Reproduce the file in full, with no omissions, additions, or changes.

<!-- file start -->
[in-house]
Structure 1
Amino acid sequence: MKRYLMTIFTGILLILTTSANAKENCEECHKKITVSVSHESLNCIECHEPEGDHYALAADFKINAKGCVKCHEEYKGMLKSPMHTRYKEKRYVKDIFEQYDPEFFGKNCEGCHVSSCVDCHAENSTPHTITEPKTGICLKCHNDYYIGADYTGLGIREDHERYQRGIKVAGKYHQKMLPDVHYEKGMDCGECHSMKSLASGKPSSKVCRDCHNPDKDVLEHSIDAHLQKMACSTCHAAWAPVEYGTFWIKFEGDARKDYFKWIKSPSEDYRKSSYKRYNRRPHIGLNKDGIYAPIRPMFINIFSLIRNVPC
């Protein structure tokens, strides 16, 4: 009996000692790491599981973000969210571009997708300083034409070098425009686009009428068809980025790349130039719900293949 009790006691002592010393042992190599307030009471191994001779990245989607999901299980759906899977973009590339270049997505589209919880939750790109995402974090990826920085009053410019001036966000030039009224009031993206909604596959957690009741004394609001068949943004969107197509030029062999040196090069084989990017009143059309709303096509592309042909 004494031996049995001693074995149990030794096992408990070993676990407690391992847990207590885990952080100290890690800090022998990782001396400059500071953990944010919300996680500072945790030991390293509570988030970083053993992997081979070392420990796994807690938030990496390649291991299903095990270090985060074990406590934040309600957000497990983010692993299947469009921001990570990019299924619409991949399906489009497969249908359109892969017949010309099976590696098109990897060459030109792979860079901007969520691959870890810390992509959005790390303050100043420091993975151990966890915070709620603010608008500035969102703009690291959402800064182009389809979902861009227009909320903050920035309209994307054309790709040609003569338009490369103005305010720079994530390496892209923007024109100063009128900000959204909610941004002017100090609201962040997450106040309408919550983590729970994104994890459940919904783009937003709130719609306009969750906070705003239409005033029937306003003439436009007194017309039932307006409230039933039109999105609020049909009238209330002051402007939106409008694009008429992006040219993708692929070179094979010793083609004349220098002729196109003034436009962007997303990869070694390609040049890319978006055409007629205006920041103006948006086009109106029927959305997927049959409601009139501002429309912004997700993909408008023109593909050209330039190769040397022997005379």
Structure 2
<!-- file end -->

[in-house]
Structure 1
Amino acid sequence: MKRYLMTIFTGILLILTTSANAKENCEECHKKITVSVSHESLNCIECHEPEGDHYALAADFKINAKGCVKCHEEYKGMLKSPMHTRYKEKRYVKDIFEQYDPEFFGKNCEGCHVSSCVDCHAENSTPHTITEPKTGICLKCHNDYYIGADYTGLGIREDHERYQRGIKVAGKYHQKMLPDVHYEKGMDCGECHSMKSLASGKPSSKVCRDCHNPDKDVLEHSIDAHLQKMACSTCHAAWAPVEYGTFWIKFEGDARKDYFKWIKSPSEDYRKSSYKRYNRRPHIGLNKDGIYAPIRPMFINIFSLIRNVPC
């Protein structure tokens, strides 16, 4: 009996000692790491599981973000969210571009997708300083034409070098425009686009009428068809980025790349130039719900293949 009790006691002592010393042992190599307030009471191994001779990245989607999901299980759906899977973009590339270049997505589209919880939750790109995402974090990826920085009053410019001036966000030039009224009031993206909604596959957690009741004394609001068949943004969107197509030029062999040196090069084989990017009143059309709303096509592309042909 004494031996049995001693074995149990030794096992408990070993676990407690391992847990207590885990952080100290890690800090022998990782001396400059500071953990944010919300996680500072945790030991390293509570988030970083053993992997081979070392420990796994807690938030990496390649291991299903095990270090985060074990406590934040309600957000497990983010692993299947469009921001990570990019299924619409991949399906489009497969249908359109892969017949010309099976590696098109990897060459030109792979860079901007969520691959870890810390992509959005790390303050100043420091993975151990966890915070709620603010608008500035969102703009690291959402800064182009389809979902861009227009909320903050920035309209994307054309790709040609003569338009490369103005305010720079994530390496892209923007024109100063009128900000959204909610941004002017100090609201962040997450106040309408919550983590729970994104994890459940919904783009937003709130719609306009969750906070705003239409005033029937306003003439436009007194017309039932307006409230039933039109999105609020049909009238209330002051402007939106409008694009008429992006040219993708692929070179094979010793083609004349220098002729196109003034436009962007997303990869070694390609040049890319978006055409007629205006920041103006948006086009109106029927959305997927049959409601009139501002429309912004997700993909408008023109593909050209330039190769040397022997005379």
Structure 2